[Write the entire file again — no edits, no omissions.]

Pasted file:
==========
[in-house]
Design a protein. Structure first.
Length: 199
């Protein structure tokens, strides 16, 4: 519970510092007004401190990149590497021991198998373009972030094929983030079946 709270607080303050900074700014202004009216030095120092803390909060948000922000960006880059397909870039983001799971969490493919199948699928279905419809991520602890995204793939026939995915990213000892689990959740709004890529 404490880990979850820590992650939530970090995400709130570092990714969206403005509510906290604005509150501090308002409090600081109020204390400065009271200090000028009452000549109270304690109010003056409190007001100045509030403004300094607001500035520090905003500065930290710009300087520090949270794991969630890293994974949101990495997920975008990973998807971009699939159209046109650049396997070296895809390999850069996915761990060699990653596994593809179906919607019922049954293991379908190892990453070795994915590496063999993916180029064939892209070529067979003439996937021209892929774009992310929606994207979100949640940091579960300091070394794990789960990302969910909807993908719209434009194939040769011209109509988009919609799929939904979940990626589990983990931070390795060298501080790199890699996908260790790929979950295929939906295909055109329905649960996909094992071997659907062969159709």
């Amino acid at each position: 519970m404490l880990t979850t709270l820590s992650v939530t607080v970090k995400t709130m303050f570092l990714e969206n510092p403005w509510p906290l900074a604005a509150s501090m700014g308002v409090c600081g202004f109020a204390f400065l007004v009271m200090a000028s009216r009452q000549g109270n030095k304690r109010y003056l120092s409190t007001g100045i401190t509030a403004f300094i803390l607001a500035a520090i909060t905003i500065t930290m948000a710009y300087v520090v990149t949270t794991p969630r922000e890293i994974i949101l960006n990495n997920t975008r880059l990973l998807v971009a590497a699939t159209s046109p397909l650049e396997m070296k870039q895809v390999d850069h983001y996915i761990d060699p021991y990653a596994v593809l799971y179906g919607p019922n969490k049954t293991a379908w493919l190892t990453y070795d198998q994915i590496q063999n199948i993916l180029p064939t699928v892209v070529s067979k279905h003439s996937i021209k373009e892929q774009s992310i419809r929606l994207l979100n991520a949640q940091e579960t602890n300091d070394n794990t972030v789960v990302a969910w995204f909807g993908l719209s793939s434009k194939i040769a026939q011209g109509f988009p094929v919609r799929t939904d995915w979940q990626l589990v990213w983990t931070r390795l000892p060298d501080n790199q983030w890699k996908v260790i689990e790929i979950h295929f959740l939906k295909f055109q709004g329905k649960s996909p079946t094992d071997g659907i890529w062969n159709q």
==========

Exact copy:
[in-house]
Design a protein. Structure first.
Length: 199
């Protein structure tokens, strides 16, 4: 519970510092007004401190990149590497021991198998373009972030094929983030079946 709270607080303050900074700014202004009216030095120092803390909060948000922000960006880059397909870039983001799971969490493919199948699928279905419809991520602890995204793939026939995915990213000892689990959740709004890529 404490880990979850820590992650939530970090995400709130570092990714969206403005509510906290604005509150501090308002409090600081109020204390400065009271200090000028009452000549109270304690109010003056409190007001100045509030403004300094607001500035520090905003500065930290710009300087520090949270794991969630890293994974949101990495997920975008990973998807971009699939159209046109650049396997070296895809390999850069996915761990060699990653596994593809179906919607019922049954293991379908190892990453070795994915590496063999993916180029064939892209070529067979003439996937021209892929774009992310929606994207979100949640940091579960300091070394794990789960990302969910909807993908719209434009194939040769011209109509988009919609799929939904979940990626589990983990931070390795060298501080790199890699996908260790790929979950295929939906295909055109329905649960996909094992071997659907062969159709």
């Amino acid at each position: 519970m404490l880990t979850t709270l820590s992650v939530t607080v970090k995400t709130m303050f570092l990714e969206n510092p403005w509510p906290l900074a604005a509150s501090m700014g308002v409090c600081g202004f109020a204390f400065l007004v009271m200090a000028s009216r009452q000549g109270n030095k304690r109010y003056l120092s409190t007001g100045i401190t509030a403004f300094i803390l607001a500035a520090i909060t905003i500065t930290m948000a710009y300087v520090v990149t949270t794991p969630r922000e890293i994974i949101l960006n990495n997920t975008r880059l990973l998807v971009a590497a699939t159209s046109p397909l650049e396997m070296k870039q895809v390999d850069h983001y996915i761990d060699p021991y990653a596994v593809l799971y179906g919607p019922n969490k049954t293991a379908w493919l190892t990453y070795d198998q994915i590496q063999n199948i993916l180029p064939t699928v892209v070529s067979k279905h003439s996937i021209k373009e892929q774009s992310i419809r929606l994207l979100n991520a949640q940091e579960t602890n300091d070394n794990t972030v789960v990302a969910w995204f909807g993908l719209s793939s434009k194939i040769a026939q011209g109509f988009p094929v919609r799929t939904d995915w979940q990626l589990v990213w983990t931070r390795l000892p060298d501080n790199q983030w890699k996908v260790i689990e790929i979950h295929f959740l939906k295909f055109q709004g329905k649960s996909p079946t094992d071997g659907i890529w062969n159709q």